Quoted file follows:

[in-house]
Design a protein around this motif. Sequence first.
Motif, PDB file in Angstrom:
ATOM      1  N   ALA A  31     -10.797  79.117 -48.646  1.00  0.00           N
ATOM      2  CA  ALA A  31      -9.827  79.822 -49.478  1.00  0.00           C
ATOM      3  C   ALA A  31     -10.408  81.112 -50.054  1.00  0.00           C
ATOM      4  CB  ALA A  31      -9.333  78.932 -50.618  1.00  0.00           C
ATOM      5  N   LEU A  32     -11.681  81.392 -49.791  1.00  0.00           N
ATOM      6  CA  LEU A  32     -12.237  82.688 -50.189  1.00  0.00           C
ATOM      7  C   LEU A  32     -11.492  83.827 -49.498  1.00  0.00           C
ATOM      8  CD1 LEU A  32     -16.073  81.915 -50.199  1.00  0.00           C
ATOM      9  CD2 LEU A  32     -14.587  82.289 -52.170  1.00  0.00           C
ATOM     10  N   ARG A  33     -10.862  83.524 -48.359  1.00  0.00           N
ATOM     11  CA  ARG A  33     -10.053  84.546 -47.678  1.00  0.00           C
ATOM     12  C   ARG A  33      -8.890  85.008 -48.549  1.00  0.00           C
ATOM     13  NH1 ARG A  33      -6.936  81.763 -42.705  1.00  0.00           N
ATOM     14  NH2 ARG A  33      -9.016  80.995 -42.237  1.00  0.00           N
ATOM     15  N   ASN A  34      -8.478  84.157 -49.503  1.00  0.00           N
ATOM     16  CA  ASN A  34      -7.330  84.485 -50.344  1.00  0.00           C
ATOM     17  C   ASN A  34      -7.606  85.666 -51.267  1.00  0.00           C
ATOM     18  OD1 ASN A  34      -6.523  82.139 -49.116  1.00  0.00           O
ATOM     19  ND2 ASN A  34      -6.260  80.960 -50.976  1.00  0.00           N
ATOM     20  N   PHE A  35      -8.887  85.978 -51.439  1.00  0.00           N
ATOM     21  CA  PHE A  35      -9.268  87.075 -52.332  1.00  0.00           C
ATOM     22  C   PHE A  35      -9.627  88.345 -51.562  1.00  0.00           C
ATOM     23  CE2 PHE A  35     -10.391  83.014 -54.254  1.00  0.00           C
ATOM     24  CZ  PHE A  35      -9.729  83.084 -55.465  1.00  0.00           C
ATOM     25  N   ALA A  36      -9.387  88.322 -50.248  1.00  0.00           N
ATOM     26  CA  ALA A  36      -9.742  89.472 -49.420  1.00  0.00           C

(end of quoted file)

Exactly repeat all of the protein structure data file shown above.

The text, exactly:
[in-house]
Design a protein around this motif. Sequence first.
Motif, PDB file in Angstrom:
ATOM      1  N   ALA A  31     -10.797  79.117 -48.646  1.00  0.00           N
ATOM      2  CA  ALA A  31      -9.827  79.822 -49.478  1.00  0.00           C
ATOM      3  C   ALA A  31     -10.408  81.112 -50.054  1.00  0.00           C
ATOM      4  CB  ALA A  31      -9.333  78.932 -50.618  1.00  0.00           C
ATOM      5  N   LEU A  32     -11.681  81.392 -49.791  1.00  0.00           N
ATOM      6  CA  LEU A  32     -12.237  82.688 -50.189  1.00  0.00           C
ATOM      7  C   LEU A  32     -11.492  83.827 -49.498  1.00  0.00           C
ATOM      8  CD1 LEU A  32     -16.073  81.915 -50.199  1.00  0.00           C
ATOM      9  CD2 LEU A  32     -14.587  82.289 -52.170  1.00  0.00           C
ATOM     10  N   ARG A  33     -10.862  83.524 -48.359  1.00  0.00           N
ATOM     11  CA  ARG A  33     -10.053  84.546 -47.678  1.00  0.00           C
ATOM     12  C   ARG A  33      -8.890  85.008 -48.549  1.00  0.00           C
ATOM     13  NH1 ARG A  33      -6.936  81.763 -42.705  1.00  0.00           N
ATOM     14  NH2 ARG A  33      -9.016  80.995 -42.237  1.00  0.00           N
ATOM     15  N   ASN A  34      -8.478  84.157 -49.503  1.00  0.00           N
ATOM     16  CA  ASN A  34      -7.330  84.485 -50.344  1.00  0.00           C
ATOM     17  C   ASN A  34      -7.606  85.666 -51.267  1.00  0.00           C
ATOM     18  OD1 ASN A  34      -6.523  82.139 -49.116  1.00  0.00           O
ATOM     19  ND2 ASN A  34      -6.260  80.960 -50.976  1.00  0.00           N
ATOM     20  N   PHE A  35      -8.887  85.978 -51.439  1.00  0.00           N
ATOM     21  CA  PHE A  35      -9.268  87.075 -52.332  1.00  0.00           C
ATOM     22  C   PHE A  35      -9.627  88.345 -51.562  1.00  0.00           C
ATOM     23  CE2 PHE A  35     -10.391  83.014 -54.254  1.00  0.00           C
ATOM     24  CZ  PHE A  35      -9.729  83.084 -55.465  1.00  0.00           C
ATOM     25  N   ALA A  36      -9.387  88.322 -50.248  1.00  0.00           N
ATOM     26  CA  ALA A  36      -9.742  89.472 -49.420  1.00  0.00           C